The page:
To determine the feasibility of farming operations, growers need to ask themselves several economic questions, such as:
- How many acres of each crop do I need to produce?
- What size product or retail cut should I sell?
- Will my projected income for the coming year be sufficient to cover my family living requirements?
Farm budgeting is the process of accounting for this data, and in response, making operational decisions based on it. However, no farming operation is alike, and a cookie-cutter approach to your budgeting analysis simply won’t cut it.
Keep reading to discover the unique factors you must understand to accurately assess the feasibility of your farming operation.
Understanding the Four Different Types of Farm Budgets
Generally speaking, the different types of farm budgeting can be broken down into following categories:
A whole-farm budget is constructed annually and includes all the income and costs associated with your yearly production. Essentially, it’s a summary of the physical and financial features of your entire farm. There are several practical uses for whole-farm budgets, including:
Comparing yields from other farming operations that use different cropping or production patterns
Estimating the profitability of your projected farming plan
Providing lenders, consultants, and other shareholders with a detailed farming plan for the upcoming planting and harvest seasons.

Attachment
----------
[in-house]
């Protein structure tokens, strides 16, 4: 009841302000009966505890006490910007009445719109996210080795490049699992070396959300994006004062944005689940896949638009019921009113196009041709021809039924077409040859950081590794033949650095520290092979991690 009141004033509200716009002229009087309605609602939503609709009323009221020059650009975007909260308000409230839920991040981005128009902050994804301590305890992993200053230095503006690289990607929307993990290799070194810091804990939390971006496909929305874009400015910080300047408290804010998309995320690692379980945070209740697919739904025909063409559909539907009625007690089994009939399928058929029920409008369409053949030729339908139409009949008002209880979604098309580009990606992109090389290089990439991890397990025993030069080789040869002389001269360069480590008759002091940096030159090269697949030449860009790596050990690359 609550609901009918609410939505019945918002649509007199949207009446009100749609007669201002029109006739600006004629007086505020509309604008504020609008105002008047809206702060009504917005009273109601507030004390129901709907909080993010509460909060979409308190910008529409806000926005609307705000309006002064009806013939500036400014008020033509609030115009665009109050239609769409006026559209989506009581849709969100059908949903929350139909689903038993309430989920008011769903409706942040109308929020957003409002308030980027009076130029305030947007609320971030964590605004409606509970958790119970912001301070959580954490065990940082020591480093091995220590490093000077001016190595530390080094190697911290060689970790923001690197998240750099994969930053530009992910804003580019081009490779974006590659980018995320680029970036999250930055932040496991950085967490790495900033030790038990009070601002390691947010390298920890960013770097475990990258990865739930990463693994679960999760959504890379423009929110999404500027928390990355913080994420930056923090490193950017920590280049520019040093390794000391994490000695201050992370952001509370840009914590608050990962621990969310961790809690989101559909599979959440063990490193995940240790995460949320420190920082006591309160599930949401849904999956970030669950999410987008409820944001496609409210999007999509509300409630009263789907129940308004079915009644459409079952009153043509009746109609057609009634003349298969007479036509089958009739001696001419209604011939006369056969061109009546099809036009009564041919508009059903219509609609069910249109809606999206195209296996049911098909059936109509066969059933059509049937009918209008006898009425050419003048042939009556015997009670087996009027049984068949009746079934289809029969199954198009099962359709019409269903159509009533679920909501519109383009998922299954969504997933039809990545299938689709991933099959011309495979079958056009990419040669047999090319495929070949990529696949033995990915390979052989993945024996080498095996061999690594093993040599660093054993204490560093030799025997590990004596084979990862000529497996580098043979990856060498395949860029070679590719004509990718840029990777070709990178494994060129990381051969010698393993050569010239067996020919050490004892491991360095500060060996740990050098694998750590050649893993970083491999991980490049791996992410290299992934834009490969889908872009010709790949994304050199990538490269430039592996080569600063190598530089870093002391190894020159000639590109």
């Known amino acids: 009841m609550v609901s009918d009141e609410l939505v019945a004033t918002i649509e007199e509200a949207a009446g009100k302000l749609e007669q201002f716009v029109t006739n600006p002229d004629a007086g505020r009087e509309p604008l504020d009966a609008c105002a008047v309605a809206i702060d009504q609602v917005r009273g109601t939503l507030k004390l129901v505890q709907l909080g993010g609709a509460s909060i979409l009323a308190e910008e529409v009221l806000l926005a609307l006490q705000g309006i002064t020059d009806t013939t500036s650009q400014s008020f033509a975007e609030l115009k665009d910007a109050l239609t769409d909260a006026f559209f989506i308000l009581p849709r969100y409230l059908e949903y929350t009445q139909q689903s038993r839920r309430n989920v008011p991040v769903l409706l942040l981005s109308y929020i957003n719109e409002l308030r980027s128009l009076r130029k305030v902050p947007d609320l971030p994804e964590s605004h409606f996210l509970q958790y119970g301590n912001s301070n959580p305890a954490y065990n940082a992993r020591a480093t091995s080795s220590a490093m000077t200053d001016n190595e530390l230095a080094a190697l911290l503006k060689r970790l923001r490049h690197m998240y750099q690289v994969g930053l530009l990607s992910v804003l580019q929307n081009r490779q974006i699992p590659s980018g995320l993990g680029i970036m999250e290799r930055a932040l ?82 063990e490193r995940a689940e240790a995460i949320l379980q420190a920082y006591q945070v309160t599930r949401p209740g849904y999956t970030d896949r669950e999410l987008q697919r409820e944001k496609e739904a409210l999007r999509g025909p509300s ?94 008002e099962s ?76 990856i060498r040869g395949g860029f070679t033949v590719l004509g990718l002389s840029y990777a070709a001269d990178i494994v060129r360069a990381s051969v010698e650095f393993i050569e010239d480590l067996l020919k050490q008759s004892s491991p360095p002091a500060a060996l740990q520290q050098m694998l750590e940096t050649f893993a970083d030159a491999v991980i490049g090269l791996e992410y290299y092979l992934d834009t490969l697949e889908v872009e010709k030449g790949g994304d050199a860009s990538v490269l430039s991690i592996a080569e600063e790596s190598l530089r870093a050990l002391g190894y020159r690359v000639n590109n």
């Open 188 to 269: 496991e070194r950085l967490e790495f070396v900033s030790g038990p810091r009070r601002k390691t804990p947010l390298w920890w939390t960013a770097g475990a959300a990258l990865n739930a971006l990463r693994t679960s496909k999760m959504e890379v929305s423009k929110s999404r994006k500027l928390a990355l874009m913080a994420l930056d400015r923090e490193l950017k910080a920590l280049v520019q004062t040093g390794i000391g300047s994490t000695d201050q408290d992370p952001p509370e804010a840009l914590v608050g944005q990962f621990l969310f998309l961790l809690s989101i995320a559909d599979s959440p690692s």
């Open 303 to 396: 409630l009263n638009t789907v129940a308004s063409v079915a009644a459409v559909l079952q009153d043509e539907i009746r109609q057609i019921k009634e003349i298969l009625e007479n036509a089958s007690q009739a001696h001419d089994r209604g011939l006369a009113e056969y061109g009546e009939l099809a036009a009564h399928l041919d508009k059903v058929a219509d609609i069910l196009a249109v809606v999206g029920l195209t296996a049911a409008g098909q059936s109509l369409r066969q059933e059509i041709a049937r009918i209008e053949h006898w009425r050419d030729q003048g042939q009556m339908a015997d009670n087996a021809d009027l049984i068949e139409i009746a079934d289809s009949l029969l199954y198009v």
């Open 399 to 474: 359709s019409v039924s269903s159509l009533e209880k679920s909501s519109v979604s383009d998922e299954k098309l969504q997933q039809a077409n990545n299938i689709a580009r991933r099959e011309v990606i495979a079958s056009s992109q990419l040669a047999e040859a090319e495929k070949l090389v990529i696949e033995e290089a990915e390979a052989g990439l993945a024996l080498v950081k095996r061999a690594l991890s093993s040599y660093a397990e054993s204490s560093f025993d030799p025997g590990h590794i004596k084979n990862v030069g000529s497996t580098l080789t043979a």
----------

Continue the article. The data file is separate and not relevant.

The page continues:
A partial budget evaluates minor changes in your annual plan, projecting any increases or decreases in your farm’s cash flow. For example, a partial budget approach is used to determine whether renting or owning harvesting equipment makes the most economic sense.
Additionally, growers often leverage partial budgeting to assess the feasibility of raising and harvesting hay versus buying bales from a third party. It’s important to note that since a partial budget only examines changes in your farming plans, the analysis is much quicker to complete compared to a whole-farm budget.
A cash-flow budget is primarily concerned with the expenses of your production period. Most cash-flow budgets are constructed on a monthly basis and provide growers with valuable information used to estimate their farm’s cash flow. Basically, it highlights your projected profits and aligns them with your farming costs, helping you better understand the projected amount of borrowing and repayment for operating credit. As a helpful tip, most lenders require a cash-flow budget before extending credit or getting a new loan. So, if you’re looking to buy new equipment, you’ll likely need to construct a cash-flow budget.
Enterprise budgets are the most detailed type of operational analysis, as they incorporate data from whole-farm, partial, and cash-flow budgets.
However, unlike the previous analysis, enterprise budgets are constructed on a “per-unit” basis, as they assess the economic viability of your operation based on acre or head, providing a detailed comparison of your crop yield among other farmers.
Simply put, your “enterprise” accounts for every activity that takes place on your farm, from using products to selling your crops to wholesalers. Additionally, enterprise budgets can include, but aren’t limited to:
- An acre of crops
- Cows producing calves
- Cost of purchasing hay bales
- An acre of summer fallow ground